Chinese growth and dilemmas: modelling energy consumption, CO2 emissions and growth in China
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Global warming appears world challenging problem of current age. International communities have agreed in recent Paris agreement to reduce global pollution to certain level and have shown great concern with Chinese pollution. China is not only the world second largest and fast growing economy but the highest CO2 emitters as 29.4% world emissions source is China. This paper adds in this debate by exploring cointegration and causal relation between real GDP per capita, CO2 emissions per capita, energy consumption per capita and urban population for China utilizing annual data for the period of 1971–2014. Autoregressive distributed lag model has been used to confirm the cointegration among variables. Results reveal short run income coefficient is positive while it turns to negative and insignificant in long run marking that growth and development is supportive in CO2 emissions reduction in China. Its insignificancy gives impression that only growth dependency to overcome CO2 emissions will not be appropriate choice for China. By introducing income cubic function, N-shape relation between income and CO2 emissions was found in long run that re-emphasis though income is helping in emissions reduction, however, there is need to dependent on multiple environmental policies. Further, results show that energy consumption has positive and significant impact on CO2 emissions and energy coefficient was becoming fatter with the time. Urban population was insignificant while it turns to negative and significant with income cubic model suggesting that urbanization process is not adding to pollution emissions in China. Overall, results give feelings that model with income cubic function is suited well for Chinese economy. FMOLS and GMM estimators confirm ARDL results are robust. In addition, this paper also explores causal relation between the variables by utilizing error correction based on granger causality models.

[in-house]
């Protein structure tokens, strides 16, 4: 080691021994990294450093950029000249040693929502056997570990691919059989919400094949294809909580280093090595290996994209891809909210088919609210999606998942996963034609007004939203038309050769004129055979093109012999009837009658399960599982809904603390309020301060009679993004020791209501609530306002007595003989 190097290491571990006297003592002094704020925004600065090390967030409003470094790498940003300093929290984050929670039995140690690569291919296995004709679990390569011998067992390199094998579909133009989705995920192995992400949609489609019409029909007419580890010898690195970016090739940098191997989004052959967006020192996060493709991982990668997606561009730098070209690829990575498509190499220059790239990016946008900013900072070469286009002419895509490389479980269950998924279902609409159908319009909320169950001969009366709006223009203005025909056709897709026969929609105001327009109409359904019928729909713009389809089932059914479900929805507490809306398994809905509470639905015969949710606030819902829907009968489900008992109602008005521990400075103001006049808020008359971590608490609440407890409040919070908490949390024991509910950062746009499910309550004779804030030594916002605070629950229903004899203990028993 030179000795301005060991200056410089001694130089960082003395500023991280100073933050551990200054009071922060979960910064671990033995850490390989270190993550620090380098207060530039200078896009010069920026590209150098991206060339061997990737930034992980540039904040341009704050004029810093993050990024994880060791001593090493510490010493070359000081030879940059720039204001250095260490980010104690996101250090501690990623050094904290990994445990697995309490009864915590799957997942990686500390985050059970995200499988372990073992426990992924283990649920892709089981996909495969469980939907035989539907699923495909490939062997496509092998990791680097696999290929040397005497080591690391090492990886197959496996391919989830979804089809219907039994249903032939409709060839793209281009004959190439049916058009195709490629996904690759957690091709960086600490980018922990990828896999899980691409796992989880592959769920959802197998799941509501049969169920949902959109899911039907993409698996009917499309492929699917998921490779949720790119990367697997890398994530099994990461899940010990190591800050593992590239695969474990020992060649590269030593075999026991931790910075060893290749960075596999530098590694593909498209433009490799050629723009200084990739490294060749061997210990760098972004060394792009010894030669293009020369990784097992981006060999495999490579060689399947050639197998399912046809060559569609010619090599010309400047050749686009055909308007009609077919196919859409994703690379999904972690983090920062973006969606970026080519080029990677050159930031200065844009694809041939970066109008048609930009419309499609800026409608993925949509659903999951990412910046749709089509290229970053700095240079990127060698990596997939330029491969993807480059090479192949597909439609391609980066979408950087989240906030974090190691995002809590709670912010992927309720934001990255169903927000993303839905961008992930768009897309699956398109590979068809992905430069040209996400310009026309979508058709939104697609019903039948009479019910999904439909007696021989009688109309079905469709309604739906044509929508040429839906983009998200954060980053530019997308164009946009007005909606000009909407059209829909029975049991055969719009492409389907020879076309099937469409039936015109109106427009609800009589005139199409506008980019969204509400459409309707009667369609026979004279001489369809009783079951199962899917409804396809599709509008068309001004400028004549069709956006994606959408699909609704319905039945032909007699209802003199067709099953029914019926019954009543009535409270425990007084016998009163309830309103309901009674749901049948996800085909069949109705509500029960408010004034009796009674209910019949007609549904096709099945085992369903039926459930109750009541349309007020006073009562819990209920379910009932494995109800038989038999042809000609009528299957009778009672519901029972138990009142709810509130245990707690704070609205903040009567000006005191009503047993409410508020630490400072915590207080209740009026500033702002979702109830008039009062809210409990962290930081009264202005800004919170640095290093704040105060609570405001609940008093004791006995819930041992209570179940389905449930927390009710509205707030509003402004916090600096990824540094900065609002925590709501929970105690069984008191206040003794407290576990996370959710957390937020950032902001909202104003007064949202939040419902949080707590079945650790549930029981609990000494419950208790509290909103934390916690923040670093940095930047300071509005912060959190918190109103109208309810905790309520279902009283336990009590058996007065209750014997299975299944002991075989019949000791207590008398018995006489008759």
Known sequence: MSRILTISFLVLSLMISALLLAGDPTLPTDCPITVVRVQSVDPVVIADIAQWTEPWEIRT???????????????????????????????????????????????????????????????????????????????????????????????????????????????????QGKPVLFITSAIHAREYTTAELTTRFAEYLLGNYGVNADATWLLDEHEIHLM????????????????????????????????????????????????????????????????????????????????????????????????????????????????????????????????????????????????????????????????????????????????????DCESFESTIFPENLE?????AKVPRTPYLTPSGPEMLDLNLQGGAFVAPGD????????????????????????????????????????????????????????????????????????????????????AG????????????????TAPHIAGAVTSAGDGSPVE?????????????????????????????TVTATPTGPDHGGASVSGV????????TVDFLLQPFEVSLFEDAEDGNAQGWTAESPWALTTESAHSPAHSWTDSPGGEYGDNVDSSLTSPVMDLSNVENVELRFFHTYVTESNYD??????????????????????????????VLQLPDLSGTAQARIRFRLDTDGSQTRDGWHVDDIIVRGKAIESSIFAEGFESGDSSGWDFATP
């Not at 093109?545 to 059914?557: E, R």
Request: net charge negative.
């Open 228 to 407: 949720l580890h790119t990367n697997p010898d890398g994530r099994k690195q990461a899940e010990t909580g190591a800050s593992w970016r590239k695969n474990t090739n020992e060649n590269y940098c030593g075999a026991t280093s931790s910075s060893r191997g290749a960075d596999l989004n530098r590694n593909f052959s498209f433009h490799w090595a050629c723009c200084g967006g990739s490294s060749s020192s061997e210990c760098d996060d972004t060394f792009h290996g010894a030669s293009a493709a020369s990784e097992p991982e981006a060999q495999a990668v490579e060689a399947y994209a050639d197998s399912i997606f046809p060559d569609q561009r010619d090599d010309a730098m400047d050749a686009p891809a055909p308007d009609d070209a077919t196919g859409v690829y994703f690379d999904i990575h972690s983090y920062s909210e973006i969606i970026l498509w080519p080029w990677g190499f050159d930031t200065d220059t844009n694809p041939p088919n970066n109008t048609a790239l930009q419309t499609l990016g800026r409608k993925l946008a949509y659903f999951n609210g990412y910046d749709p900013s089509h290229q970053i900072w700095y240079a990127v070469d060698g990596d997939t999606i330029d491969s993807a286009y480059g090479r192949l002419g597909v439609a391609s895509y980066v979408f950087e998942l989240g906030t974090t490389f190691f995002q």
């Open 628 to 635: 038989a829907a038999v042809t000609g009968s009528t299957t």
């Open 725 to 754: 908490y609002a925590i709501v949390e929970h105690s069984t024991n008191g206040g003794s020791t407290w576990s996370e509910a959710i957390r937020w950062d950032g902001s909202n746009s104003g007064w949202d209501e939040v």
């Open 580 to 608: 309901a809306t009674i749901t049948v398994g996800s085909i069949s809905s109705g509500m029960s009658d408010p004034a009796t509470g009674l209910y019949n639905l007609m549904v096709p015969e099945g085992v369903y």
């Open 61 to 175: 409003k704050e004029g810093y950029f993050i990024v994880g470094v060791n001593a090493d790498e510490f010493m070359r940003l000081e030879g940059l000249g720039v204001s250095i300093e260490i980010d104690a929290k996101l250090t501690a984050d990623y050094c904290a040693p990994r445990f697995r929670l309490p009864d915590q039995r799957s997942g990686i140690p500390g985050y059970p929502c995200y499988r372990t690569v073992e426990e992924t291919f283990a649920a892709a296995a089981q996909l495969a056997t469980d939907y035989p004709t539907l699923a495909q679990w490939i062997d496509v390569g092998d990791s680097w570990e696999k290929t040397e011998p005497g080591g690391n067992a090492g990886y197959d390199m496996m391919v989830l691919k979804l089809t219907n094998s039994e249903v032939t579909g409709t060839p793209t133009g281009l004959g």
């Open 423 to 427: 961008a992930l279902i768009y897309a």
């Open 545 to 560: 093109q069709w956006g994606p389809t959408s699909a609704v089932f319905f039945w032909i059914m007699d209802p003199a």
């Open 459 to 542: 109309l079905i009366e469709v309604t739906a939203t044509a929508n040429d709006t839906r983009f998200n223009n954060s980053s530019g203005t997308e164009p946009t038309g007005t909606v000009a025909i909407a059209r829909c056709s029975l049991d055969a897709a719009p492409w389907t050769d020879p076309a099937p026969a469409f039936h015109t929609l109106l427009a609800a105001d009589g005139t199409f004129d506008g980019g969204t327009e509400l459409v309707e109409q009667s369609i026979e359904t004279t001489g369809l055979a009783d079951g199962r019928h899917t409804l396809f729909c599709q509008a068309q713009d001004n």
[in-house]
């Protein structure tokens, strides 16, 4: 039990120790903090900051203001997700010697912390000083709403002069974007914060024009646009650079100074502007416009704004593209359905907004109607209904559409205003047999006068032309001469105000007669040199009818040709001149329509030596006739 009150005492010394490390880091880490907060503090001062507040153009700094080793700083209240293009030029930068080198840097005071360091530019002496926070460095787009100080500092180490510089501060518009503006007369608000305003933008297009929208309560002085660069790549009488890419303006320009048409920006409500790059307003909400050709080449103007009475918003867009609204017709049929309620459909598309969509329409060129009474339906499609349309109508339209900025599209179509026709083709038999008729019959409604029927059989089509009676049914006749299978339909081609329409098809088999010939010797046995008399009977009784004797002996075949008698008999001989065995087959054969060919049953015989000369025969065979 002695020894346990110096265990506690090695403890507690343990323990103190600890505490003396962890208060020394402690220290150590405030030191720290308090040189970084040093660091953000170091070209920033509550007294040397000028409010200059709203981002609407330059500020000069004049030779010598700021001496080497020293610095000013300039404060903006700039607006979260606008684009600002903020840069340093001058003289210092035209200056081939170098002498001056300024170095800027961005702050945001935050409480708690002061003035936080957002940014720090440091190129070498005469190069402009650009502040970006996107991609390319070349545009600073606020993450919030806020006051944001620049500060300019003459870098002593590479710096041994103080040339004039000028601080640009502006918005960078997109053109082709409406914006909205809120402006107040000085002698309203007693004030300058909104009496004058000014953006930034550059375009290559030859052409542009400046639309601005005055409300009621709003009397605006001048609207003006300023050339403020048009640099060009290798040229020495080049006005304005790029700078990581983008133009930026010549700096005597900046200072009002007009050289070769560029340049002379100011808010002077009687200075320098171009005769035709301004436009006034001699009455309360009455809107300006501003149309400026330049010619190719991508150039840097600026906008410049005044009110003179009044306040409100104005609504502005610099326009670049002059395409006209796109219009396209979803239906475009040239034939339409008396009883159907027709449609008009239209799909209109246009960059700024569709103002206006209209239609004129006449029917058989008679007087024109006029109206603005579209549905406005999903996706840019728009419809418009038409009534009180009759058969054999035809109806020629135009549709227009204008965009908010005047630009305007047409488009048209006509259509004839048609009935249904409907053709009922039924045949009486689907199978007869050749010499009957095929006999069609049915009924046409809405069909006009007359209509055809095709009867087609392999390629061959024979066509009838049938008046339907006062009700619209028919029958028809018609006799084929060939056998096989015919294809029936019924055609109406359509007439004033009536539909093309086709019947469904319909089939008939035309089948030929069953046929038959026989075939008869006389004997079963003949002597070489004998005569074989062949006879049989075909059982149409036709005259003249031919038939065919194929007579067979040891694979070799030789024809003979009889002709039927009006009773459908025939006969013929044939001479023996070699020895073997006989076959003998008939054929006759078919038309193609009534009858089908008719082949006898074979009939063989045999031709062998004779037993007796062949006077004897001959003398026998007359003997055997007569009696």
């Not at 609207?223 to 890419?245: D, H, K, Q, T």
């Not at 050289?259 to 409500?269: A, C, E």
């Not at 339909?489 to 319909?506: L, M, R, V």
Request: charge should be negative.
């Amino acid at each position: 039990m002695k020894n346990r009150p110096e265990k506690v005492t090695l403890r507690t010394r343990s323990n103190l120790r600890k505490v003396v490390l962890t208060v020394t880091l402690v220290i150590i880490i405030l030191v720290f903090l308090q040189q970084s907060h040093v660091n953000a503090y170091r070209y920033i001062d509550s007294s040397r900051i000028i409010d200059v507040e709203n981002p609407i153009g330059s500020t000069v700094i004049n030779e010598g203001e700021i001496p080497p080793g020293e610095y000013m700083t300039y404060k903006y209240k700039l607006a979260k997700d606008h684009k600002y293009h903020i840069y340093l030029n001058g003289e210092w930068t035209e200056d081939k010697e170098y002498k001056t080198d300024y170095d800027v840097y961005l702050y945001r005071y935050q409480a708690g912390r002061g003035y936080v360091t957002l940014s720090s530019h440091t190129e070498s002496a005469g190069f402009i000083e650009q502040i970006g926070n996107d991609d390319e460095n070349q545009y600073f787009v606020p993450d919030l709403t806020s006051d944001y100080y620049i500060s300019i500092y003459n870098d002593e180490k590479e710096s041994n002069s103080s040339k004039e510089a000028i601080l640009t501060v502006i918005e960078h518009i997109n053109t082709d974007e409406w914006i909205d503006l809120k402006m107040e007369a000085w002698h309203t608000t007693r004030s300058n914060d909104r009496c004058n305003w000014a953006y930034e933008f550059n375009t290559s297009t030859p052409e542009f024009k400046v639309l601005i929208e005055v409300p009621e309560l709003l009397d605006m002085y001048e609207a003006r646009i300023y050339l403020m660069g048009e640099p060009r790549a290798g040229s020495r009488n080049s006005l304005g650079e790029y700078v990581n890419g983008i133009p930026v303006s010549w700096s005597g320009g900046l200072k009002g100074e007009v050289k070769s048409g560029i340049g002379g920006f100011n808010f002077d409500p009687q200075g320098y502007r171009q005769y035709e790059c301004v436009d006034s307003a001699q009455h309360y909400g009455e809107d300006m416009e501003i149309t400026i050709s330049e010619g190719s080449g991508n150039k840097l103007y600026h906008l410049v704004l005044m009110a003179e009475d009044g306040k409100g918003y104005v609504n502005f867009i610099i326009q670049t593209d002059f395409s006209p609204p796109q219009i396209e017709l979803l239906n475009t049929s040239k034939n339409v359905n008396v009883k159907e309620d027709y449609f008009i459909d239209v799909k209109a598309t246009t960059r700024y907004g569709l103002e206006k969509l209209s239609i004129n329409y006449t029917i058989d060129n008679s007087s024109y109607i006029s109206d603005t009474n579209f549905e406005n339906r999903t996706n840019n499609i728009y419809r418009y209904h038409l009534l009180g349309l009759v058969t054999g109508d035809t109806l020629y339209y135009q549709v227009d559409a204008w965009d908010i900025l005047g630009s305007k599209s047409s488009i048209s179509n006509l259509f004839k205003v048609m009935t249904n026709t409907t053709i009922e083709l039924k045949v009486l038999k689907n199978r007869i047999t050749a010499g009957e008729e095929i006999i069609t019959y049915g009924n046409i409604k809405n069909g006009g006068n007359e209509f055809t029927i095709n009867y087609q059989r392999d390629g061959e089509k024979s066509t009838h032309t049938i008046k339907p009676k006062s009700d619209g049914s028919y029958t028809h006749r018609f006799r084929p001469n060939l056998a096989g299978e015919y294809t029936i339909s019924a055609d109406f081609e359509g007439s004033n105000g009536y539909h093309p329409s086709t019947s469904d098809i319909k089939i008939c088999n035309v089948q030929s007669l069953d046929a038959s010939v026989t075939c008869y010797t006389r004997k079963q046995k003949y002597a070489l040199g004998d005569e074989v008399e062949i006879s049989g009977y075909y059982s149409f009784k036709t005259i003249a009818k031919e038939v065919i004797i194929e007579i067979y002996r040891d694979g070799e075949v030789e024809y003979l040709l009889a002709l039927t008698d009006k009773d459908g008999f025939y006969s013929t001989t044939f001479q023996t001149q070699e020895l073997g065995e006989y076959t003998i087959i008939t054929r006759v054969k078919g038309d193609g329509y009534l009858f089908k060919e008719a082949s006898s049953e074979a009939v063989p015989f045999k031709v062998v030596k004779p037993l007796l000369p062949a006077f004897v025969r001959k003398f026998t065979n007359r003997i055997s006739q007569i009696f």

KeywordsEnergy consumption Global warming Economic growth CO2 emissions China
We would like to thank Editor in Chief, Prof. Vittorio Capecchi, and three anonymous referees for valuable suggestions and helpful comments which have significantly enhanced the quality of the paper. All remaining errors and omissions are our own.
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